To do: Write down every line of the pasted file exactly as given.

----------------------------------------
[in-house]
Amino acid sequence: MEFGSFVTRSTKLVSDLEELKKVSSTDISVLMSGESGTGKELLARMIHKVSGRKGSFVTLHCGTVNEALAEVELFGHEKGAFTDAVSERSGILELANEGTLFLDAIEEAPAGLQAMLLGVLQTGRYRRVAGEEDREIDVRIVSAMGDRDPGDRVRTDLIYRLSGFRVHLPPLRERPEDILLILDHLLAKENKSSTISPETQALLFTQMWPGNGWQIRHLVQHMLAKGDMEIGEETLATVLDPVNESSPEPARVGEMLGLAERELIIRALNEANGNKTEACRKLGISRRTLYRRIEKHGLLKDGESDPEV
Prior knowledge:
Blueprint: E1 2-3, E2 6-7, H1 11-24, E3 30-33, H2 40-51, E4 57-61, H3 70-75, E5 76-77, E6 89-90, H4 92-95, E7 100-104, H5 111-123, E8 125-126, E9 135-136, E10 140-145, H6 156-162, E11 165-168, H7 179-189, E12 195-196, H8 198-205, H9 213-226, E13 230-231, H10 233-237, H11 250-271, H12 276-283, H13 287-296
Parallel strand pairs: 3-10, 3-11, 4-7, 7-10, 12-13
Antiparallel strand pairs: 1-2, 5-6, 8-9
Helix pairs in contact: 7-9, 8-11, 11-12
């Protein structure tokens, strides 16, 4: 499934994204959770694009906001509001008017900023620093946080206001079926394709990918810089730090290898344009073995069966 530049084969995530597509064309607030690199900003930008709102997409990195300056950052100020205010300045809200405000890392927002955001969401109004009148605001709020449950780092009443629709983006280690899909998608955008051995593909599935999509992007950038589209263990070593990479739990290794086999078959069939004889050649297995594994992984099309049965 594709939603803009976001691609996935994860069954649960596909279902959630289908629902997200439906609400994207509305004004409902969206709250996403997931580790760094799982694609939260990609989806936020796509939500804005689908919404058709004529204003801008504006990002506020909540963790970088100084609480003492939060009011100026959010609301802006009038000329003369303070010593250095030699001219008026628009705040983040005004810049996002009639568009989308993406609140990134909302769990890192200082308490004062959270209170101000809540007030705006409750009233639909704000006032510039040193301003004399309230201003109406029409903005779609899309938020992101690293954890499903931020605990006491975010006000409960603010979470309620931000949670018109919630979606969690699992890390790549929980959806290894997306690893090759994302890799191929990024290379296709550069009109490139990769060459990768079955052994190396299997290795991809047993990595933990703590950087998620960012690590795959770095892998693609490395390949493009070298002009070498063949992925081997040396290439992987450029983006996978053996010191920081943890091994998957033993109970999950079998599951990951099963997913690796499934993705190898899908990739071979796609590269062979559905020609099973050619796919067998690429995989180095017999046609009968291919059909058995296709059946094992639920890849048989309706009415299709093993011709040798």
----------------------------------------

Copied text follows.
[in-house]
Amino acid sequence: MEFGSFVTRSTKLVSDLEELKKVSSTDISVLMSGESGTGKELLARMIHKVSGRKGSFVTLHCGTVNEALAEVELFGHEKGAFTDAVSERSGILELANEGTLFLDAIEEAPAGLQAMLLGVLQTGRYRRVAGEEDREIDVRIVSAMGDRDPGDRVRTDLIYRLSGFRVHLPPLRERPEDILLILDHLLAKENKSSTISPETQALLFTQMWPGNGWQIRHLVQHMLAKGDMEIGEETLATVLDPVNESSPEPARVGEMLGLAERELIIRALNEANGNKTEACRKLGISRRTLYRRIEKHGLLKDGESDPEV
Prior knowledge:
Blueprint: E1 2-3, E2 6-7, H1 11-24, E3 30-33, H2 40-51, E4 57-61, H3 70-75, E5 76-77, E6 89-90, H4 92-95, E7 100-104, H5 111-123, E8 125-126, E9 135-136, E10 140-145, H6 156-162, E11 165-168, H7 179-189, E12 195-196, H8 198-205, H9 213-226, E13 230-231, H10 233-237, H11 250-271, H12 276-283, H13 287-296
Parallel strand pairs: 3-10, 3-11, 4-7, 7-10, 12-13
Antiparallel strand pairs: 1-2, 5-6, 8-9
Helix pairs in contact: 7-9, 8-11, 11-12
């Protein structure tokens, strides 16, 4: 499934994204959770694009906001509001008017900023620093946080206001079926394709990918810089730090290898344009073995069966 530049084969995530597509064309607030690199900003930008709102997409990195300056950052100020205010300045809200405000890392927002955001969401109004009148605001709020449950780092009443629709983006280690899909998608955008051995593909599935999509992007950038589209263990070593990479739990290794086999078959069939004889050649297995594994992984099309049965 594709939603803009976001691609996935994860069954649960596909279902959630289908629902997200439906609400994207509305004004409902969206709250996403997931580790760094799982694609939260990609989806936020796509939500804005689908919404058709004529204003801008504006990002506020909540963790970088100084609480003492939060009011100026959010609301802006009038000329003369303070010593250095030699001219008026628009705040983040005004810049996002009639568009989308993406609140990134909302769990890192200082308490004062959270209170101000809540007030705006409750009233639909704000006032510039040193301003004399309230201003109406029409903005779609899309938020992101690293954890499903931020605990006491975010006000409960603010979470309620931000949670018109919630979606969690699992890390790549929980959806290894997306690893090759994302890799191929990024290379296709550069009109490139990769060459990768079955052994190396299997290795991809047993990595933990703590950087998620960012690590795959770095892998693609490395390949493009070298002009070498063949992925081997040396290439992987450029983006996978053996010191920081943890091994998957033993109970999950079998599951990951099963997913690796499934993705190898899908990739071979796609590269062979559905020609099973050619796919067998690429995989180095017999046609009968291919059909058995296709059946094992639920890849048989309706009415299709093993011709040798």